In contrast to the rules for the written proposal, students are strongly encouraged to prepare for the oral examination by gathering student peers for mock oral exams. Copies of the student’s prepared slides must be made available to the committee members at least one working day before the examination. By rule of the Graduate School, attendance at the Qualifying Examination is limited to only the Ph.D. Committee members and the student. The committee will decide within one day whether the student has passed the Qualifying Examination.

Within one week, the adviser will provide a written report to the student and to the GPC describing the student’s performance on the examination. Even if the student was judged to have passed the examination, the report should address any deficiencies in preparation that were evident during the examination. If the student was judged to have failed the examination, the report should note the serious deficiencies that caused this failure; the committee may also offer their judgment on whether retaking the examination would be in the best interest of the student. A second attempt at passing the Qualifying Examination may be made by the student within three months of the date of the failed examination. By Graduate School rule, only two attempts are allowed to pass the Qualifying Examination.

The Ph.D. Dissertation

After passing the Qualifying Examination, the student is officially admitted to candidacy for the Ph.D. He/she will develop a topical focus for the Ph.D. dissertation grounded in the subfield chosen for that examination. The dissertation topic should be an original research proposition that advances the frontiers of science in the field of specialization. While consultation with the adviser will be crucial to this process, it is to be emphasized that the proposal for the dissertation is the responsibility of the student. Within two semesters of passing the Qualifying Examination, the student will present a specific proposal to the Ph.D. Committee.

This proposal can be, and likely should be, based on the proposal that the student successfully defended during her/his Qualifying Examination. At this stage, the proposal should contain at the minimum a chapter-by-chapter outline of the dissertation, a report on the research already carried out, and a specific plan for completing the remainder. As a general rule, students should plan to complete the dissertation within three years of passing the Qualifying Examination, so that the dissertation can be submitted five to six years after entering the Graduate School. By Graduate School rule, all requirements for the degree of Doctor of Philosophy must be completed within four years of passing the Qualifying Examination.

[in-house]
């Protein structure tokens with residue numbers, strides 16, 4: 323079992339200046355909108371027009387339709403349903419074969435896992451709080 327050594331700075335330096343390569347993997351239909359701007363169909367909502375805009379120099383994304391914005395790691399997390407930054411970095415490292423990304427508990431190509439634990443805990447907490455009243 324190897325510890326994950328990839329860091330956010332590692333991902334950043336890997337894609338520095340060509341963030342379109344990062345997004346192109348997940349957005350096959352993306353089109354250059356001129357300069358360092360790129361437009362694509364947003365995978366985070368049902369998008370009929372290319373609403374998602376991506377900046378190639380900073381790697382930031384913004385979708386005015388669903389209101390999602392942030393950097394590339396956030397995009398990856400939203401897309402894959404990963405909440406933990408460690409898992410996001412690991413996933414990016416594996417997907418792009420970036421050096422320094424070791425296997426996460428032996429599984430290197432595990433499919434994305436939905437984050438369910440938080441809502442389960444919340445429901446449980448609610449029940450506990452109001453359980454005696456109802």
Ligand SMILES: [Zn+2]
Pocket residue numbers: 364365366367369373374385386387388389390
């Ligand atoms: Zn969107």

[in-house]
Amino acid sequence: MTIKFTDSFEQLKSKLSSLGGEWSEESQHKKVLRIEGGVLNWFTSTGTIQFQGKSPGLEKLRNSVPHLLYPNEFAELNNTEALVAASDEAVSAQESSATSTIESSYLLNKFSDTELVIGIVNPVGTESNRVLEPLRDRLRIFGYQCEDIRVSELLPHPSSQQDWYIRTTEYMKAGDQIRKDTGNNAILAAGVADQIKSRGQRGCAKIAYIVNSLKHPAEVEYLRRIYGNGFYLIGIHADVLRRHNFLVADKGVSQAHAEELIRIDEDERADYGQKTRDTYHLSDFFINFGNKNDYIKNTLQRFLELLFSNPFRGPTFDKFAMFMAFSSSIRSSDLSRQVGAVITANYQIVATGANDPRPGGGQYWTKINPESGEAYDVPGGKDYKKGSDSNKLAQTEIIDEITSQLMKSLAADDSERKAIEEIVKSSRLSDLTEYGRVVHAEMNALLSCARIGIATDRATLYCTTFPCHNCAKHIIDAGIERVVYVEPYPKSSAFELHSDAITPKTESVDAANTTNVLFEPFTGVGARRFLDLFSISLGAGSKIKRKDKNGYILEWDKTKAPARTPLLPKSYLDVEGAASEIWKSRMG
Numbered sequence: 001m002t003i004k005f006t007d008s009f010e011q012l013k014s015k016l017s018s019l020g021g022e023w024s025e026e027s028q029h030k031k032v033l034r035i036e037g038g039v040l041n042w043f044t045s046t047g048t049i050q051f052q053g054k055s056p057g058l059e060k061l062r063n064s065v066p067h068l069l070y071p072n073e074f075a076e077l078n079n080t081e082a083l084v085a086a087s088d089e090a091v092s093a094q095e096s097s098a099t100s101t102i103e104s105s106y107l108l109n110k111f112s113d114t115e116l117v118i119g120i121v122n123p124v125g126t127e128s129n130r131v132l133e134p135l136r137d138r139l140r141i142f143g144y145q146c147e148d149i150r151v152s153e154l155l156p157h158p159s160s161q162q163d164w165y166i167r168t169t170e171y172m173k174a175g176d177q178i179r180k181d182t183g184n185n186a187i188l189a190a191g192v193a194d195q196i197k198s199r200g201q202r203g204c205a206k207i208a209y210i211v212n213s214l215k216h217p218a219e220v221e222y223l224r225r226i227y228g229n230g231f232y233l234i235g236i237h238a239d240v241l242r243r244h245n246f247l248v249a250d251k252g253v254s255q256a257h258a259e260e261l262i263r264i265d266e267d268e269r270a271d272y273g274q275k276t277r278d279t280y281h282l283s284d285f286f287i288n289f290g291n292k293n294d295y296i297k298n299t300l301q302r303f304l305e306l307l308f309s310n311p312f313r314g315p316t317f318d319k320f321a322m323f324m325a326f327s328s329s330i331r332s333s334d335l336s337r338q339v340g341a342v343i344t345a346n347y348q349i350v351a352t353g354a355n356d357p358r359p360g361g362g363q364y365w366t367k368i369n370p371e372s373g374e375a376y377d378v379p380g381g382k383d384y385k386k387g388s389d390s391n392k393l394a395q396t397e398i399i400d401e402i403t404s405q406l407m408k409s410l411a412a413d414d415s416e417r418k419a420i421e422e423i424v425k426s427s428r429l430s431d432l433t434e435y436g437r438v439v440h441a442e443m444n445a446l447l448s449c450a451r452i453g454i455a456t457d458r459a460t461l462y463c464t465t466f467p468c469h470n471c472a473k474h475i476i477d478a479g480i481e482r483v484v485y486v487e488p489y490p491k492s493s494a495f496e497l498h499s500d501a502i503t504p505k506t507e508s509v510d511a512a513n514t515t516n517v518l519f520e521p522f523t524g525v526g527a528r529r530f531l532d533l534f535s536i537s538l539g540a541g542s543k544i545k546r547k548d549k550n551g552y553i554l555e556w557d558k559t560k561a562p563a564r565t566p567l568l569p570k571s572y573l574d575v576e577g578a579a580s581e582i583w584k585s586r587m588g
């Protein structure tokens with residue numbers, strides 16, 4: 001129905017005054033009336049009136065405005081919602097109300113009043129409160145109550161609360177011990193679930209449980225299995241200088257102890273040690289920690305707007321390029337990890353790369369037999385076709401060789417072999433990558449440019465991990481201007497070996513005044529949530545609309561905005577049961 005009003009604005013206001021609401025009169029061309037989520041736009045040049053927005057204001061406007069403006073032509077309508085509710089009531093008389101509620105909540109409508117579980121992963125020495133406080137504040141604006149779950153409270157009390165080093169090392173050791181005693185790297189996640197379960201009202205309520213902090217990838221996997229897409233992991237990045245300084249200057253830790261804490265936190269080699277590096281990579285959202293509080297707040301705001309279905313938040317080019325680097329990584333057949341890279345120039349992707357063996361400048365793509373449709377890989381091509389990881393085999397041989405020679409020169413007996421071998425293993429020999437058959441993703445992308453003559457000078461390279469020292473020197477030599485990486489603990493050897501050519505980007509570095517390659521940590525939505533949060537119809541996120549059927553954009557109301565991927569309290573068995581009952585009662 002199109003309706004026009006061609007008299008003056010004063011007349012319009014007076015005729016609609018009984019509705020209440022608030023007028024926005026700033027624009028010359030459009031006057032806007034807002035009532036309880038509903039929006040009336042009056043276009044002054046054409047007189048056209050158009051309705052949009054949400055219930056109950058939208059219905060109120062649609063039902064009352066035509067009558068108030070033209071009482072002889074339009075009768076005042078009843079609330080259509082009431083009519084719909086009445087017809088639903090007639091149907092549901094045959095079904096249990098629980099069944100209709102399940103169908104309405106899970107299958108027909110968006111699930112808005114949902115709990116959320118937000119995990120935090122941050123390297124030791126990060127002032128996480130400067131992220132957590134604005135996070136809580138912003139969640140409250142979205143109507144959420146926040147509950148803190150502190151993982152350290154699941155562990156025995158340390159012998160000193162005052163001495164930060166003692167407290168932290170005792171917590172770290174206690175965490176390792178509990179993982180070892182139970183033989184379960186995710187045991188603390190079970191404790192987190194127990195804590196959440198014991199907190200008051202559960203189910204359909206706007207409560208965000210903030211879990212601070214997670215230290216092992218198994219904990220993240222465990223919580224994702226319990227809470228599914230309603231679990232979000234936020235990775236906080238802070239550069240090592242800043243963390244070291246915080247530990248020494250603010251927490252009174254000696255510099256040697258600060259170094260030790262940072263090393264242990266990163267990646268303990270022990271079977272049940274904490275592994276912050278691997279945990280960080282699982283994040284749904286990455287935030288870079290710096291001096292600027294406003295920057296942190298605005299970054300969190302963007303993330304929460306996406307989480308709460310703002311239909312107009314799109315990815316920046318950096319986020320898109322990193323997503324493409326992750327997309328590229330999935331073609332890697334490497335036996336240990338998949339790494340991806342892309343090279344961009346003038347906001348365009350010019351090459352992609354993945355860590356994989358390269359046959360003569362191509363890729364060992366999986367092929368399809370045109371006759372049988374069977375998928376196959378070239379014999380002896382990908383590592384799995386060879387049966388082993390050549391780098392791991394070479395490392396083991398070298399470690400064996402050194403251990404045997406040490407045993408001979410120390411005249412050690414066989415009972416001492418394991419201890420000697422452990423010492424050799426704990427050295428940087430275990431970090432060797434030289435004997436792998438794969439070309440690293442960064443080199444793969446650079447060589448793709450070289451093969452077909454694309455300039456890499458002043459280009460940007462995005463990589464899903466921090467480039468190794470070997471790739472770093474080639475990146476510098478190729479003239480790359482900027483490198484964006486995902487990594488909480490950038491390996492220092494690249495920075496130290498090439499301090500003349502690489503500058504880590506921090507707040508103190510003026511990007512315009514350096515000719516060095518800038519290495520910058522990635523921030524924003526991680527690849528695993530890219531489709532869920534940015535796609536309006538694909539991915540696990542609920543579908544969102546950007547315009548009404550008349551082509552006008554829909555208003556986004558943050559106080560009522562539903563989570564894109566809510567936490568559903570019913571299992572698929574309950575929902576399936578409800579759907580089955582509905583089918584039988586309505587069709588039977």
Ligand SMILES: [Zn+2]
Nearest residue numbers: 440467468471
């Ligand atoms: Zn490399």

Annual Meetings of the Ph.D. Committee

After the dissertation topic is approved, the student will meet with the Ph.D. Committee at least annually to report on research completed to date, publications planned or in progress, and an estimate of the time, resources and analysis that are required to complete the dissertation project. The committee members may ask questions, critique the work presented by the student, or make suggestions about the project. The Chair of the Ph.D. Committee (usually the Ph.D. adviser) is responsible for preparing a brief written report of the meeting that will be sent to the candidate and to the DGS. This report may also be reviewed by the GPC as it monitors student progress.

Publication Requirements

The research in any dissertation project is expected to contribute measurably to scientific progress in the field of specialization; thus, publication in peer-reviewed journals is an essential component of the Ph.D. research program. While the venue, number, and timing of publications vary according to the subfield, students should expect to play a major role in a first paper no later than the end of the third year of graduate study. By the time the dissertation is completed, the student must present to the Ph.D. Committee at least one paper in which they played the primary role and that has been accepted in a peer-reviewed journal. Most students are expected to have more than one such paper published or accepted for publication at the time of the dissertation defense.

Completion of the Dissertation and the Ph.D. Defense

The Graduate School website gives essential information about the timing and format of the Ph.D. dissertation and the defense. According to Graduate School rules, the defense must take place no later than four years after the student passes the Qualifying Exam and advances to candidacy. Students may petition the Graduate School for an extension; however, financial support from the Graduate School is unlikely past the fourth year of candidacy. The defense is a public examination, and should be characterized by a spirited scientific debate on the strengths and weaknesses of the dissertation presented by the student. In addition, the Department of Physics and Astronomy stipulates the following:

  • The Ph.D. adviser will inform the Dean of the Graduate School at least two weeks in advance of the date and place of the defense so that the event can be published in the Vanderbilt University electronic calendar. The department administrative staff will advertise the dissertation title, date, and place of the defense in order to promote attendance by faculty, research staff, and other students.
  • The Ph.D. candidate must present a complete copy of the dissertation to the committee members at least two weeks before the defense. This is both a departmental and Graduate School requirement.